The effects of 24 mM K+ upon the dynamics of immunoreactive insulin (IRI) release were studied in perifused rat islets in the absence of glucose and in its presence at concentrations of 50 and 300 mg. per 100 ml. Raising external K+ to 24 mM in the absence or in the presence of glucose (50 mg. per 100 ml.) was rapidly followed by a transient discharge of IRI. This rapid secretory phase was markedly inhibited in a medium containing 1 mM Na+ and was totally obliterated in a Ca2+-free medium.

The early IRI response to a simultaneous increase of glucose to 300 mg. per 100 ml. and of K+ to 24 mM was enhanced while the late response was not significantly modified. In contrast, the same rise in glucose concentration after a twenty-five minute perifusion in a medium containing 24 mM K+ provoked markedly diminished early and late phases of IRI release. Under both experimental conditions, the effect of glucose was almost completely abolished in a medium containing 1 mM Na+. The stimulant action of glucose was not restored when K+ concentration was lowered from 24 to 6 mM at the time of glucose increase, but was normal if this diminution of K+ occurred ten minutes earlier.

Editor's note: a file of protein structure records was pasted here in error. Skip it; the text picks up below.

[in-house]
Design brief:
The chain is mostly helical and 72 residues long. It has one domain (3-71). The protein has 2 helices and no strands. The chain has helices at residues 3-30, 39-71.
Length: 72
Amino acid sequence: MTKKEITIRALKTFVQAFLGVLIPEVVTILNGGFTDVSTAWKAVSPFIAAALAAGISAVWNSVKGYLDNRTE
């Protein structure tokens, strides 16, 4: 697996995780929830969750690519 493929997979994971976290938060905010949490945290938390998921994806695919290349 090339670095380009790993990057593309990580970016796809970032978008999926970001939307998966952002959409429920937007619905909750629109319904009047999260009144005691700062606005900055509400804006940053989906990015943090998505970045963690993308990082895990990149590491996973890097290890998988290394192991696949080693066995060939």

It is hypothesized that modifications in IRI secretion rate induced by 24 mM K+ result from changes in membrane permeability for Ca2+.

This content is only available via PDF.